Avoiding Mortgage Fraud During Mortgage Process
This BLOG On Avoiding Mortgage Fraud During Mortgage Process Was UPDATED On February 19th, 2019
- The whole mortgage industry underwent a major overhaul
- Strict mortgage regulations have been implemented
- Avoiding mortgage fraud during mortgage process should be a must
- The housing and mortgage collapse has skyrocketed foreclosures and devastated our economy and housing markets
- It is a serious crime when mortgage applicants lie on a mortgage application or try to deceive the lender in order to get a mortgage loan
- Little white lies and incorrect information on a mortgage application is considered mortgage fraud
- Days of creative financing and fake tax returns have long been gone
- All information stated on mortgage application will be verified
- If the lender discovers that the information stated is not correct and deceitful such as doctoring up bank statements, tax returns, W-2s, not only can it result as a mortgage denial
- It can also initiate an FBI investigation where the consequences can be extremely severe
Definition Of Mortgage Fraud
The Federal Bureau of Investigation is the federal agency that investigates mortgage fraud.
- The term mortgage fraud is defined as any material misstatement, misrepresentation, or omission that is relied by a lender to fund, purchase, or insure a mortgage loan
- This is how the FBI defines mortgage fraud
- Referral fees and kickbacks used to be very common in the real estate business is illegal
- Any non-disclosed referral fees or kickbacks is considered mortgage fraud
- Inflating income either by falsifying tax returns or W-2s is considered mortgage fraud
- Inflating the sales purchase price of a subject property and getting a kickback from the seller is considered mortgage fraud
- Getting gift funds and repaying the gift funds at a later date is considered fraud
- Gift funds cannot be repaid and the person receiving the gift and the donor of the gift both sign a statement stating so
- Cases like this happen all the time but if perpetrators get caught, be prepared to be investigated by the FBI
Occupancy Mortgage Fraud
One of the most common acts of mortgage fraud is when a non-occupied borrower applies for a mortgage loan as an occupied borrower because they want to get the property for a family member who does not qualify for a mortgage loan.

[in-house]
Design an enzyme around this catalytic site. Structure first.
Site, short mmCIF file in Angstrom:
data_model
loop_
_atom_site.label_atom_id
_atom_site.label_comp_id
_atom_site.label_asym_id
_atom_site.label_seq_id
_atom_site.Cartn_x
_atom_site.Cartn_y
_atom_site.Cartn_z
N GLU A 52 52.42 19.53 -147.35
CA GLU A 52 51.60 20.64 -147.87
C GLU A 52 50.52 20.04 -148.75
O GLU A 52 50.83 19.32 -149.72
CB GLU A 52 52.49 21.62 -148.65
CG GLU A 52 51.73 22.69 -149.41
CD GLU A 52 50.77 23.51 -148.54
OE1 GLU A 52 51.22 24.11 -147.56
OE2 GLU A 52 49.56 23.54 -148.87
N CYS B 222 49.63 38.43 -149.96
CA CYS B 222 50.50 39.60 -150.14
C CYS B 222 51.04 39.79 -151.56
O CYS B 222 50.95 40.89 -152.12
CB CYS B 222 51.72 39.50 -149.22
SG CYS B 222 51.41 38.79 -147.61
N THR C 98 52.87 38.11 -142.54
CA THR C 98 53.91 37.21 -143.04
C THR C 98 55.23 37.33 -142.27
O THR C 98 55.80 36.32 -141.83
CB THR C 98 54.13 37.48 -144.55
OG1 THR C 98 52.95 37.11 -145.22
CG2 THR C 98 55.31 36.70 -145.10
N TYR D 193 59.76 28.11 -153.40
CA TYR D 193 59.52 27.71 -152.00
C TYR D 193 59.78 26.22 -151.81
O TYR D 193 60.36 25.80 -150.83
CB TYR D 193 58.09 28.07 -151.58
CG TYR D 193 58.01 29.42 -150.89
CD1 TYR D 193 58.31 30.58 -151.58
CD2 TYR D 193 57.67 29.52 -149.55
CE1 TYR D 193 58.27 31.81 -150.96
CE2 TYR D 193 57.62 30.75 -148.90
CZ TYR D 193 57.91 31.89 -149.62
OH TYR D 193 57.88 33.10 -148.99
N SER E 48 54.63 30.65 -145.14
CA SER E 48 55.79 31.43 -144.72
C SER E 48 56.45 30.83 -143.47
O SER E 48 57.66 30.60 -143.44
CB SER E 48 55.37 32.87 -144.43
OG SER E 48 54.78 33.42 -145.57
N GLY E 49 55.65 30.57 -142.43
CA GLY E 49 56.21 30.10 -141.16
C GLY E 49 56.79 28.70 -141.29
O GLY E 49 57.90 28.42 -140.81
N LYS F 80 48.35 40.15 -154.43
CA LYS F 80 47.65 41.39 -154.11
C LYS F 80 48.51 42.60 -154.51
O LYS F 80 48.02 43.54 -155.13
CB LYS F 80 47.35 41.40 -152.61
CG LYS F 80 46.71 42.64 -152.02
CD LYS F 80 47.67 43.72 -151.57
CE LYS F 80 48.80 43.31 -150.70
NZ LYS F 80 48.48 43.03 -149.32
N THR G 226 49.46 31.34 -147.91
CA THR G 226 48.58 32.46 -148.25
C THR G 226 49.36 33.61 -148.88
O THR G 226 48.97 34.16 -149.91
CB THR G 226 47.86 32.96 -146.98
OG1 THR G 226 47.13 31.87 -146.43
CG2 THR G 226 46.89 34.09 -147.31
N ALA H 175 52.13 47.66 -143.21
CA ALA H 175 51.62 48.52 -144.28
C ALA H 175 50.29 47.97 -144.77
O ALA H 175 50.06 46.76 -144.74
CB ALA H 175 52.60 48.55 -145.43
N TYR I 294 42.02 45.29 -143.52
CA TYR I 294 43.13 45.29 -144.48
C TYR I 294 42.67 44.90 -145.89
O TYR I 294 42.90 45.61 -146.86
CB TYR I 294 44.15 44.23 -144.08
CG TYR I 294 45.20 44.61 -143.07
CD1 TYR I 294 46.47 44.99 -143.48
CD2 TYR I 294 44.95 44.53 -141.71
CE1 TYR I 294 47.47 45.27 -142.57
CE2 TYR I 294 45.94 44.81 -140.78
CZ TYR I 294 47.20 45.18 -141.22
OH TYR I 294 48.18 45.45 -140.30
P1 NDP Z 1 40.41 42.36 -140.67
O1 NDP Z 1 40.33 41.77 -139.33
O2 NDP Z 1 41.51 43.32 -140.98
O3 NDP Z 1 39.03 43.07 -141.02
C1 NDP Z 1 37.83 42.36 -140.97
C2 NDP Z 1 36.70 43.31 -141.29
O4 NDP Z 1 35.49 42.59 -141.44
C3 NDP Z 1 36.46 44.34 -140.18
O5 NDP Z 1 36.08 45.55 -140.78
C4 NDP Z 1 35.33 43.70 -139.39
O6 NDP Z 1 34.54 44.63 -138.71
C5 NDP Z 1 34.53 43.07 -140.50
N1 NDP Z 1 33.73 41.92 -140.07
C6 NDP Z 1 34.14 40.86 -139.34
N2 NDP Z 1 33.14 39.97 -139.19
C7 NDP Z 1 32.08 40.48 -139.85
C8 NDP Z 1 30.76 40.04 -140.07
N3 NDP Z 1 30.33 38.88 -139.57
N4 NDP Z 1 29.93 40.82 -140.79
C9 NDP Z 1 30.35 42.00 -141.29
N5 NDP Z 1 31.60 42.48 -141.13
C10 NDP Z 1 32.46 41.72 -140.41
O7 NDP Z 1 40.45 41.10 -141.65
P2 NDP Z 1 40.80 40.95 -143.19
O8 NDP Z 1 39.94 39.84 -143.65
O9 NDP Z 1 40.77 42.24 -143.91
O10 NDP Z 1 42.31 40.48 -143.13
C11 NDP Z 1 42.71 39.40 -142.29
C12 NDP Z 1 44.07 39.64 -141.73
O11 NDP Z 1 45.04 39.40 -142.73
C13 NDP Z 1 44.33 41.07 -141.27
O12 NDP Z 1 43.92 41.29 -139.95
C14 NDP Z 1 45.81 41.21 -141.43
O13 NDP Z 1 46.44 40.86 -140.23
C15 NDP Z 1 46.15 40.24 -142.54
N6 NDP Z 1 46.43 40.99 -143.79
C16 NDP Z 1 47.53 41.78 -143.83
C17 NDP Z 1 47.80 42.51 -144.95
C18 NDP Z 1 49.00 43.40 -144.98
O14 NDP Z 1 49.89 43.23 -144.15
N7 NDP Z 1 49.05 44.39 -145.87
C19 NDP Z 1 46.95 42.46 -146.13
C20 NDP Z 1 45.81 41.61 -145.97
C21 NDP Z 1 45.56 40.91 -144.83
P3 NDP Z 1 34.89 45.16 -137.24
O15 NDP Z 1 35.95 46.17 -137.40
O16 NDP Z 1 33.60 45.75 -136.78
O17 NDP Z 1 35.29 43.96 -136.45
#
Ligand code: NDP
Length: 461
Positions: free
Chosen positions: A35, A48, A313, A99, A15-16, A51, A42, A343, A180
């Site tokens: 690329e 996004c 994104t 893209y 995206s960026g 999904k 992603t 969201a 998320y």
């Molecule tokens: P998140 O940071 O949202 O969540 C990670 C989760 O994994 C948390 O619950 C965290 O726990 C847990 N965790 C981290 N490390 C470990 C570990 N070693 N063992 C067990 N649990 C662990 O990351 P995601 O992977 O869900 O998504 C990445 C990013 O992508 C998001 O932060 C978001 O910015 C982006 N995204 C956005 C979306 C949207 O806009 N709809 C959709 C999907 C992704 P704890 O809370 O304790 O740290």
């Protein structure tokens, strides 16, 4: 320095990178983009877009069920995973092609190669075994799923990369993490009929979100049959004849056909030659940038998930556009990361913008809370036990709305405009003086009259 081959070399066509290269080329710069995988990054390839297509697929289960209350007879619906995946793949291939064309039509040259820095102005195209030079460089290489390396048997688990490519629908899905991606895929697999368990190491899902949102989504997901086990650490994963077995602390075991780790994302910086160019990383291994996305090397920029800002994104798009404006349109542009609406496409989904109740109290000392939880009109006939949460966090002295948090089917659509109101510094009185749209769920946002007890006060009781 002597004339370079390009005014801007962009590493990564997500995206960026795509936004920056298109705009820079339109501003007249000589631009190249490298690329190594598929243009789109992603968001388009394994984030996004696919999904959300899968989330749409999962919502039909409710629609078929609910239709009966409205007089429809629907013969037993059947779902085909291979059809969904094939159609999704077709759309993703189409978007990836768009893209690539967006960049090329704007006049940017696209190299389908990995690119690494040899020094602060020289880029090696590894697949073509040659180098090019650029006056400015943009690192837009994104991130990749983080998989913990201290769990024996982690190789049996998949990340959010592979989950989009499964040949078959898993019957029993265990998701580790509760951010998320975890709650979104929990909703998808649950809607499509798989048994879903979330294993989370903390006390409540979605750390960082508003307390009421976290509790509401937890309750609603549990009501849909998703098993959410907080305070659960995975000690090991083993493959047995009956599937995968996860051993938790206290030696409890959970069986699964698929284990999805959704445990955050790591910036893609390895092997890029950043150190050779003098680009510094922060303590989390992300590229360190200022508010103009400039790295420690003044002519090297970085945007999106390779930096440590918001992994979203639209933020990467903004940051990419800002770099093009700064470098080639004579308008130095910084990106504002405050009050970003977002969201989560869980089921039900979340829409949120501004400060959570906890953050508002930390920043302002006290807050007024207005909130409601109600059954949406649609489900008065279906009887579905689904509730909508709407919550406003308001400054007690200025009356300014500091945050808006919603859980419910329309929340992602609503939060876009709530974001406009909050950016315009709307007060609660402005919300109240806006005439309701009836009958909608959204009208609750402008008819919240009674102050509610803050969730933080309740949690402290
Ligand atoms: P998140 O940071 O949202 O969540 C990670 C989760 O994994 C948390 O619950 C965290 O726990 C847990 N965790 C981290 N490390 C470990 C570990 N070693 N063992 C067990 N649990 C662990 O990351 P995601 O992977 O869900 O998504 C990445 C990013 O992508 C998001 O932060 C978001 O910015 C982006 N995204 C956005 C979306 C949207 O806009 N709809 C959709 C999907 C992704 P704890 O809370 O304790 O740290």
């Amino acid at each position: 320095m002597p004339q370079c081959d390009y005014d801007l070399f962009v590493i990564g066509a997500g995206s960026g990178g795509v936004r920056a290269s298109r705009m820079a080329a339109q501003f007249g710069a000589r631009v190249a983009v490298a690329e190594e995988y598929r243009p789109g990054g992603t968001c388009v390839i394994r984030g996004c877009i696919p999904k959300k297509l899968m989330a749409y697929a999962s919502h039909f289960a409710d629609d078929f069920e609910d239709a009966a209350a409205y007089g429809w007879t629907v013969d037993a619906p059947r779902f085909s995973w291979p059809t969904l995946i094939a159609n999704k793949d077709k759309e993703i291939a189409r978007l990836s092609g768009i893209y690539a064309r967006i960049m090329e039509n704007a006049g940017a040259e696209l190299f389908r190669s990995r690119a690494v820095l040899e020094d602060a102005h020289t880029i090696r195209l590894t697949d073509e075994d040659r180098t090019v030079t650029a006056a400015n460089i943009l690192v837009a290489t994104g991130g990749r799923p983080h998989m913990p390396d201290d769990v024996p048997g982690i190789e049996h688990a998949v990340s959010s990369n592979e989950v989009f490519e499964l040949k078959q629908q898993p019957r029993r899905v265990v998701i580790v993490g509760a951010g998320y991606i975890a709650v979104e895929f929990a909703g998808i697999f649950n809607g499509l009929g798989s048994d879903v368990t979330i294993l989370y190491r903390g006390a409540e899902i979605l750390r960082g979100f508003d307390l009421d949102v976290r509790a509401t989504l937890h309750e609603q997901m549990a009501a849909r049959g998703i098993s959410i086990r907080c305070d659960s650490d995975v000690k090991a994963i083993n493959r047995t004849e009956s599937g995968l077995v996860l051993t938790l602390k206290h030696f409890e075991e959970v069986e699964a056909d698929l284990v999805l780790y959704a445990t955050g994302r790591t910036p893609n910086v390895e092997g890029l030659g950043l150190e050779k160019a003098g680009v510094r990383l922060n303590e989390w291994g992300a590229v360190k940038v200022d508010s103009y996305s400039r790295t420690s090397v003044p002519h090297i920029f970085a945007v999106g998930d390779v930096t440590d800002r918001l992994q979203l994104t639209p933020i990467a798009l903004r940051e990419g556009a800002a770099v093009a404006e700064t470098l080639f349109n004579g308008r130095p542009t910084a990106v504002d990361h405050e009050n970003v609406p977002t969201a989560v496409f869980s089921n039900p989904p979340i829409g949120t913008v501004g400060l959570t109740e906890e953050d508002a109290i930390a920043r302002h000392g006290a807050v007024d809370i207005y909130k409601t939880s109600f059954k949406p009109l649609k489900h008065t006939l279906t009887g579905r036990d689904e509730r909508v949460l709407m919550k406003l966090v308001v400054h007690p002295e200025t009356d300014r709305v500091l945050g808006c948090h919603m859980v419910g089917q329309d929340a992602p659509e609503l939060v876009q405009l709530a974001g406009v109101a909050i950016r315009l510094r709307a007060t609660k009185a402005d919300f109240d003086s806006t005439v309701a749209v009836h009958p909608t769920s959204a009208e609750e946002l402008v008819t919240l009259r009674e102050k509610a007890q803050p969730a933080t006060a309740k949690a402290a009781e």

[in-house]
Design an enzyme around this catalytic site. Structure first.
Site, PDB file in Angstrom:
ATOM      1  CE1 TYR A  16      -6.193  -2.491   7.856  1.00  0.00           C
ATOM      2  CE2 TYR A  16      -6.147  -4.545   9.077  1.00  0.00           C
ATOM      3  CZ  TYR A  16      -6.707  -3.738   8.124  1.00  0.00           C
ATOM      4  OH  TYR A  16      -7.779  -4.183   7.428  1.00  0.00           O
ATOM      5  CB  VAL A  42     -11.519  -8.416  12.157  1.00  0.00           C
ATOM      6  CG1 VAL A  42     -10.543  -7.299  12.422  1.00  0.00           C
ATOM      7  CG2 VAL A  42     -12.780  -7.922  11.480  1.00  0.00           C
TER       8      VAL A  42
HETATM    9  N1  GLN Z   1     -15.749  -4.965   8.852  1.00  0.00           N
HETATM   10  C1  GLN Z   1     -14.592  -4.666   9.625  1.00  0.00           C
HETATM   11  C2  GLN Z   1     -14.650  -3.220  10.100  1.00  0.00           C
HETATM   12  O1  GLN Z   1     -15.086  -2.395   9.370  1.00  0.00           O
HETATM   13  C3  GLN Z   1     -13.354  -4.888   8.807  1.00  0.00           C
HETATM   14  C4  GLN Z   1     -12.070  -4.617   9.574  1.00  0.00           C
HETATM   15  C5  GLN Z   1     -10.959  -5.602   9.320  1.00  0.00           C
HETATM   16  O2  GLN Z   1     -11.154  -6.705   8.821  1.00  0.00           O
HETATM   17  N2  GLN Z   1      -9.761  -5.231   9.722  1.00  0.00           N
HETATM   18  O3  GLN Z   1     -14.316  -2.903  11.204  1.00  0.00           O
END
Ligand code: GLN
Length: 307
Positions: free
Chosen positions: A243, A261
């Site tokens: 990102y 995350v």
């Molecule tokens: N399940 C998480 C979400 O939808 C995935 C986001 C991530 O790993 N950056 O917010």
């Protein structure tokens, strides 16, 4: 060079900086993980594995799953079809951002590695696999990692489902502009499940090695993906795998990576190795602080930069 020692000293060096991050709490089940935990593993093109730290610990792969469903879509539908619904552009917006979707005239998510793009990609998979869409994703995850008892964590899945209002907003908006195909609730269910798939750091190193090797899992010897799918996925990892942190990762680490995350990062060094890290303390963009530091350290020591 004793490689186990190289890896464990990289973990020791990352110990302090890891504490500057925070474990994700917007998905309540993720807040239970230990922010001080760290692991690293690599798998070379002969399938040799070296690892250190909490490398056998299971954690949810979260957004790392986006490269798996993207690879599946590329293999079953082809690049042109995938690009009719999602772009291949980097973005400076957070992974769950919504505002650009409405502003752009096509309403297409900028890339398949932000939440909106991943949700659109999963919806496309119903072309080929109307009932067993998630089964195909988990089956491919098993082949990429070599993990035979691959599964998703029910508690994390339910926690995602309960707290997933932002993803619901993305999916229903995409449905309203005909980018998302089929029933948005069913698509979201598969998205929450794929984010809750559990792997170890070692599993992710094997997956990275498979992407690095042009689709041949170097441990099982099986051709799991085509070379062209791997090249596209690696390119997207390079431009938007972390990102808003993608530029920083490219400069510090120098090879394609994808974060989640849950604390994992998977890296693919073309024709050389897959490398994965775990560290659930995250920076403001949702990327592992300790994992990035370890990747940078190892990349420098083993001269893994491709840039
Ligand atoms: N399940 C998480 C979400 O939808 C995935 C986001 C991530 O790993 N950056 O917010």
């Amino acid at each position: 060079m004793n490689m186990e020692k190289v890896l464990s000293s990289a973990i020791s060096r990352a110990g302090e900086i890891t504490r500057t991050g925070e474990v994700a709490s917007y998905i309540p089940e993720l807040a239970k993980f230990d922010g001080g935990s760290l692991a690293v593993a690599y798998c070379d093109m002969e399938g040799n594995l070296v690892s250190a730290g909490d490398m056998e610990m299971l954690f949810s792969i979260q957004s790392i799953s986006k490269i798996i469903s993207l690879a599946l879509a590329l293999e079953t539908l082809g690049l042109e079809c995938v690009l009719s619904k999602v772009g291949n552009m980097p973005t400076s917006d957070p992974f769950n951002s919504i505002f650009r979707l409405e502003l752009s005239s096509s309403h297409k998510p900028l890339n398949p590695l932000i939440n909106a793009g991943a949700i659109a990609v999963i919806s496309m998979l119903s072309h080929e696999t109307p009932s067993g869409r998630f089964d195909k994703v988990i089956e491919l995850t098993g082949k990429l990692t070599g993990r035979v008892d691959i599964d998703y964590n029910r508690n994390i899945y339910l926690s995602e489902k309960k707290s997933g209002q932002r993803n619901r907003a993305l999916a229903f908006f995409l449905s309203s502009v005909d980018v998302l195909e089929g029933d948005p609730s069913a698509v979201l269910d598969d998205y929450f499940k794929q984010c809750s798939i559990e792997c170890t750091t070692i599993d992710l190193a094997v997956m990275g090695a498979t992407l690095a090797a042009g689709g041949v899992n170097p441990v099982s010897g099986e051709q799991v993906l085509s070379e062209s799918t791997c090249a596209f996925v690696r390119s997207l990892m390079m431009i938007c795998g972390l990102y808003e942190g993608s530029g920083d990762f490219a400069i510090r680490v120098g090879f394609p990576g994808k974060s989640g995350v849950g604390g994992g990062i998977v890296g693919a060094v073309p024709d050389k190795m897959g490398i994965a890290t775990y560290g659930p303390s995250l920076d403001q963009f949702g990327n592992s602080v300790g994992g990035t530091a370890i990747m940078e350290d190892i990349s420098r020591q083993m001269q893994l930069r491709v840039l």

- The non-occupant borrower is known as a straw buyer
- Cases like these happen all the time and to most folks, it may seem like a good gesture
- But this is not allowed and if a mortgage loan ever goes bad, borrowers will get caught and charged with mortgage fraud
Potential Violators Of Mortgage Fraud
Buyers, sellers, realtors, appraisers, attorneys, insurance agents, mortgage lenders, mortgage brokers, and anyone who is associated in the process of a real estate purchase, sale, financing are all potential violators of mortgage fraud. For example, how does an insurance agent commit mortgage fraud?
Case Study Of An Insurance Agent Committing Mortgage Fraud
An insurance agent can do a home buyer a major favor where he or she bills the homeowner’s insurance premium for less than the actual amount because the home buyer has a higher debt to income ratio.
- After the homebuyer closes on the home and the mortgage loan is funded, the home buyer will then pay the actual annual insurance premium shortage
- On this particular case study, both the insurance agent and the home buyer have committed mortgage fraud to deceive the lender give them loan approval and close the mortgage loan
- If the other parties had no part or knowledge in this scheme, then the home buyer and the insurance agent are the only violators of mortgage fraud
- However, if it was the attorneys, mortgage broker, and realtor’s idea, then all three of them have committed mortgage fraud
- No mortgage loan on this planet is worth the consequences of being accused and convicted of mortgage fraud
- Mortgage fraud carries a maximum federal prison sentence of up to 30 years
- Avoiding Mortgage Fraud is the right thing to do during the mortgage process
Home Buyers who need to qualify for a mortgage with a national direct lender with no mortgage overlays on government and/or conventional loans can contact us at The Gustan Cho Team at Loan Cabin at 262-716-8151 or text us for faster response. Or email us at firstname.lastname@example.org.
By Gustan Cho